Connecticutt’s "The Rural Magazine" (May 1819 edition) contains possibly the earliest written use of 'pony up.' “The afternoon, before the evening, the favoured gentlemen are walking rapidly into the merchant-tailors shops, and very slowly out, unless they ponied up the Spanish.” In this example, ‘Spanish’ is slang for money, but that’s another story.

In the end, you’ll have to decide for yourself which pony runs best—an American or English one. I know which one has my vote.

Questions for You

  • I’m curious whether you knew that a fiddle is also called a violin. I had to look it up, myself.
  • What mental image does ‘the pokey’ dredge up for you? I confess to picturing an inmate watching a slow-moving clock or making marks on the wall, counting down the time until his release.
  • Which seems most likely to you—an American or British origin for pony up?

What’s New with Janalyn Voigt

Long-distance walking is a particular love of mine. Lately, I’m renewing my acquaintance with the joys and, yes, pains of this activity. Deadlines have kept me at my desk for long hours too often in the past months. There’s a price for becoming active again, but I’ll willingly pay it.

This past week, I wrapped up my review of the audiobook for Cheyenne Sunrise, the second novel in the Montana Gold series. Once the narrator makes the corrections my publisher forwards to her, it falls to me to approve them. After that, I’ll learn the publication date for the audiobook. I’ll let you know, once I know. Sharing this story with readers in a whole, new way is a rewarding experience.

If you’d like to know more about my life as a writer and about the books I write, hop on over to the Janalyn Voigt website. While you’re there, be sure to sign up for the mostly-monthly Creative Worlds e-letter.

Latest Release

A preacher’s daughter shouldn’t encourage a troublemaker, no matter what her wayward heart desires.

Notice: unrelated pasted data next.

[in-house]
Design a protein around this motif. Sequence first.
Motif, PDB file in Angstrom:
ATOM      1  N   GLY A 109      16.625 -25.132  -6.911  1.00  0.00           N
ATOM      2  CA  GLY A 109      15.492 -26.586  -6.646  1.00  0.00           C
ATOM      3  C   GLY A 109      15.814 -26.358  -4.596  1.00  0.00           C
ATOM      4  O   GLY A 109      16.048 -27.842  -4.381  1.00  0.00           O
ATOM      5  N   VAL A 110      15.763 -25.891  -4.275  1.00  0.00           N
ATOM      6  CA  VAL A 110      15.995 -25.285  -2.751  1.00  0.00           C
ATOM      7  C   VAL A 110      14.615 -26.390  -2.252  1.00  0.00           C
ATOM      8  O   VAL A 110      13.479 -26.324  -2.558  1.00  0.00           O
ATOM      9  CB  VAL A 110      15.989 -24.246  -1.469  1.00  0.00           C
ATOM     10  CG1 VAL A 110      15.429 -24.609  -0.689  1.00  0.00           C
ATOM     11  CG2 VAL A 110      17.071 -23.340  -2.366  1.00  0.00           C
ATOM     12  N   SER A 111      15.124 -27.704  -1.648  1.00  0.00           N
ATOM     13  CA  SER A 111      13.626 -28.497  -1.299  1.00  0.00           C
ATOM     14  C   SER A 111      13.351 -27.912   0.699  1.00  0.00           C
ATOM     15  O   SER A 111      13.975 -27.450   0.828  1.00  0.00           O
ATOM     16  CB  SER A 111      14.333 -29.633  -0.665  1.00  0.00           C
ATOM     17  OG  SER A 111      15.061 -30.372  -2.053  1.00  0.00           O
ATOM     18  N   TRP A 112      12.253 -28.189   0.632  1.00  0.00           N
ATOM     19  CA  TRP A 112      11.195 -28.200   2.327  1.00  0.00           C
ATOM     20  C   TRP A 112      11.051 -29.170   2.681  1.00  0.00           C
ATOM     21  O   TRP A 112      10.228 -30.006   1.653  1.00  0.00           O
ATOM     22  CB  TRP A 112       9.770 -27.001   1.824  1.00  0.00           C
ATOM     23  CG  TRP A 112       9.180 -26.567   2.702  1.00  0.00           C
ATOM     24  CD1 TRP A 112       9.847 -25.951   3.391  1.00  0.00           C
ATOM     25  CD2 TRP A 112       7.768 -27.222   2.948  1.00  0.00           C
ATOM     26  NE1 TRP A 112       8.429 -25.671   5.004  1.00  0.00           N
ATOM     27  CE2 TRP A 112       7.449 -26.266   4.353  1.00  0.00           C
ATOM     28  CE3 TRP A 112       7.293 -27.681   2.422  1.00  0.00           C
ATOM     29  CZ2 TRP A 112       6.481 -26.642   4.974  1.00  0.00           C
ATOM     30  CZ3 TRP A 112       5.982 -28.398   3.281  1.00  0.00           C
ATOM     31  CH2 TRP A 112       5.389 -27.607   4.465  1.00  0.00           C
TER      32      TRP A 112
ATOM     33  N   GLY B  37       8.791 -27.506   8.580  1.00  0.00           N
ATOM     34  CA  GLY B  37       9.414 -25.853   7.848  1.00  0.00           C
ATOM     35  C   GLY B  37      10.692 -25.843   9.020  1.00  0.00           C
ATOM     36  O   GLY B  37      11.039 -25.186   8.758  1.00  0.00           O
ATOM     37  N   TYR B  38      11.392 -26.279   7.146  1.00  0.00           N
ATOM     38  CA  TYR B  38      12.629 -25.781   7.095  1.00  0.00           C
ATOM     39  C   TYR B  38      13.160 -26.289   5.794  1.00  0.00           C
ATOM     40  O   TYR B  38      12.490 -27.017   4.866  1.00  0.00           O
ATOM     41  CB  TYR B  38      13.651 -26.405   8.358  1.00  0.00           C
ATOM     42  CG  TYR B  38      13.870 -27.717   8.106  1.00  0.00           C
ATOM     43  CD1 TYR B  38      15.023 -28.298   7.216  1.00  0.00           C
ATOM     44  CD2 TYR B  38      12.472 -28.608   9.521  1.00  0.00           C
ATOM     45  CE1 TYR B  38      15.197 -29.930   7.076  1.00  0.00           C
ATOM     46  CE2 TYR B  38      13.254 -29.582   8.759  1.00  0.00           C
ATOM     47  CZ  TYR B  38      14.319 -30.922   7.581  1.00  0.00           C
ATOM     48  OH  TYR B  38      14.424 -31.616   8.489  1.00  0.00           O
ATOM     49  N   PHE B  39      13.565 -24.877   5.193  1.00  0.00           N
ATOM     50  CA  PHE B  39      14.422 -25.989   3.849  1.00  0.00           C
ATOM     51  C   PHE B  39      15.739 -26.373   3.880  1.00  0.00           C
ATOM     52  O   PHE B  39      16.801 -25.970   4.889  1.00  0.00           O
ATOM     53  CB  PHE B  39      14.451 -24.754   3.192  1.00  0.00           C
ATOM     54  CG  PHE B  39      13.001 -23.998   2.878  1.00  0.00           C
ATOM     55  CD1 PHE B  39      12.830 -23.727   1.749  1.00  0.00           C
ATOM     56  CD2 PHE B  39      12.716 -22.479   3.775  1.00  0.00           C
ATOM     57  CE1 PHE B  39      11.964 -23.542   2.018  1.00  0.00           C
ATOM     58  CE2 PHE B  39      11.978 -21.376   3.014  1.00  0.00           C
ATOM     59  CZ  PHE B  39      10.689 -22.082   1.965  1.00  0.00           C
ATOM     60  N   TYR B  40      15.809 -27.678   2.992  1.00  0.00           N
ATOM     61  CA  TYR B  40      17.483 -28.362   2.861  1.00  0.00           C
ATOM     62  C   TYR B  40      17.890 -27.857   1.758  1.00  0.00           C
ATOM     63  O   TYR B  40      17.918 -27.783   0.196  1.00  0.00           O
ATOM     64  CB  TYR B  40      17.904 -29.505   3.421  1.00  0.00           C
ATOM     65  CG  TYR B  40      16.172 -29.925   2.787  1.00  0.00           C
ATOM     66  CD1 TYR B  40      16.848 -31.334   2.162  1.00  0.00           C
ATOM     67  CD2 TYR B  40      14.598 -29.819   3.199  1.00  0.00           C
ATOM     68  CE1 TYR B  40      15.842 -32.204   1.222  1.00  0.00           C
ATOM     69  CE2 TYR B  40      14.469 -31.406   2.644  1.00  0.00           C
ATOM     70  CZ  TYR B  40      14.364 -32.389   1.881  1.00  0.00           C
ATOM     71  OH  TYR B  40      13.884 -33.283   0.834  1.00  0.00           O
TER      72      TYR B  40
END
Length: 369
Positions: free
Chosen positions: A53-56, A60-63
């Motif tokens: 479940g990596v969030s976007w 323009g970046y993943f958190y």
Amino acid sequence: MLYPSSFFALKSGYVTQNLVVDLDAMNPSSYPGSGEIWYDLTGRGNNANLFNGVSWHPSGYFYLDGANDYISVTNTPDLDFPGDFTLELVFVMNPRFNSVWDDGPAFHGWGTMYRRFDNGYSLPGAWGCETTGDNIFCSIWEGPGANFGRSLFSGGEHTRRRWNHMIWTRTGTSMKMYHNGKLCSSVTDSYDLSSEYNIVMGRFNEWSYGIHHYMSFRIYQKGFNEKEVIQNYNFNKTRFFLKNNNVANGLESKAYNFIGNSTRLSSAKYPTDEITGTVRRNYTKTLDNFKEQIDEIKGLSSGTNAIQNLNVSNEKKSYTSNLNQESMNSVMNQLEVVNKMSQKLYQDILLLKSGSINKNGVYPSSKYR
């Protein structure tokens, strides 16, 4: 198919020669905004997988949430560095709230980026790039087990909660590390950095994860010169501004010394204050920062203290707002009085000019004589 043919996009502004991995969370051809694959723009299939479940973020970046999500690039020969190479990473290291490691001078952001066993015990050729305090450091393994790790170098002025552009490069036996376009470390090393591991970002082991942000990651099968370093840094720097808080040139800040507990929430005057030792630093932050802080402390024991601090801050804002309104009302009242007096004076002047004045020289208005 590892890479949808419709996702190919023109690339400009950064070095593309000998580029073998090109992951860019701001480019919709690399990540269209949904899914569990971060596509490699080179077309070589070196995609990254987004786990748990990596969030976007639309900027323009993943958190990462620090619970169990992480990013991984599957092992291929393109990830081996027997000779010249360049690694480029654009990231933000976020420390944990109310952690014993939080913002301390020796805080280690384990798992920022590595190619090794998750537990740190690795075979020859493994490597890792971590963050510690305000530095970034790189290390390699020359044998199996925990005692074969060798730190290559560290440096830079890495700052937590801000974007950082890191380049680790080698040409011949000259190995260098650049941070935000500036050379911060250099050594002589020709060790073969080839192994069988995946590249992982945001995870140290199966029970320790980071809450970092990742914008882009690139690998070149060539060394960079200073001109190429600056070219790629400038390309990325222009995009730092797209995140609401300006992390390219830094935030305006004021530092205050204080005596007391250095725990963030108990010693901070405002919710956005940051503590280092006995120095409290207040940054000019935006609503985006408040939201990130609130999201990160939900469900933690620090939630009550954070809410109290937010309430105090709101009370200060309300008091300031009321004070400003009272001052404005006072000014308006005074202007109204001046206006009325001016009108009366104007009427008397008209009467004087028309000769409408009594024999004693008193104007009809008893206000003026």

Liberty has always believed she should marry a man of God, but Jake doesn’t qualify. The promises they’d made at age twelve can’t change that. If only Jake would stop pursuing her, she might keep from falling in love with him. Jake fears he’ll lose Liberty to Beau, the new man in town. He doesn’t trust the smooth-talker—and certainly not with Liberty. Jake and Liberty must each overcome their own false beliefs. Only then can they experience the truth of God’s redeeming love. Read The Promise Tree.

You can step into the Montana Treasure series without having read the Montana Gold books. However, if you prefer to submerge yourself in a fictional world for a while, start with Hills of Nevermore, book 1. The four Montana Gold books are available in print and ebook. As mentioned, audiobook versions have also begun releasing!

Want to know more about the author? Read the official bio:

Janalyn Voigt's unique blend of adventure, romance, suspense, and whimsy creates breathtaking fictional worlds for readers. Janalyn is represented by Wordserve Literary Agency. Her memberships include American Christian Fiction Writers and Northwest Christian Writers Association. When she's not writing, Janalyn loves to discover worlds of adventure in the great outdoors with her family.

Browse books by Janalyn Voigt


  1. Thanks for the post! I did know all of these. I lean toward an English origin for "pony up" with a use quoted in 1570. I wasn't sure if there were slight adjustments in physical style between a fiddle and a violin, but I wasn't bothered enough by it to look it up, lol. And the "pokey" in my mind conjures up a one room building in a boom town or just-established town in the Wild West. How fun....thanks for asking the questions. Good luck with that distance walking....I'm lucky to get my 8/10 of a mile done each day. Walking in summer with bugs, heat and lack of want-to is difficult but I do feel better for it and hope to squeak up to the mile mark on a cool morning sometime soon.

  2. Ha! Apparently, fiddles and violins are the same, except when they are different. :) Here's a link to a fascinating description of the two.

    Best wishes on your walking routine. For me, the want-to part on a consistent basis is the hardest.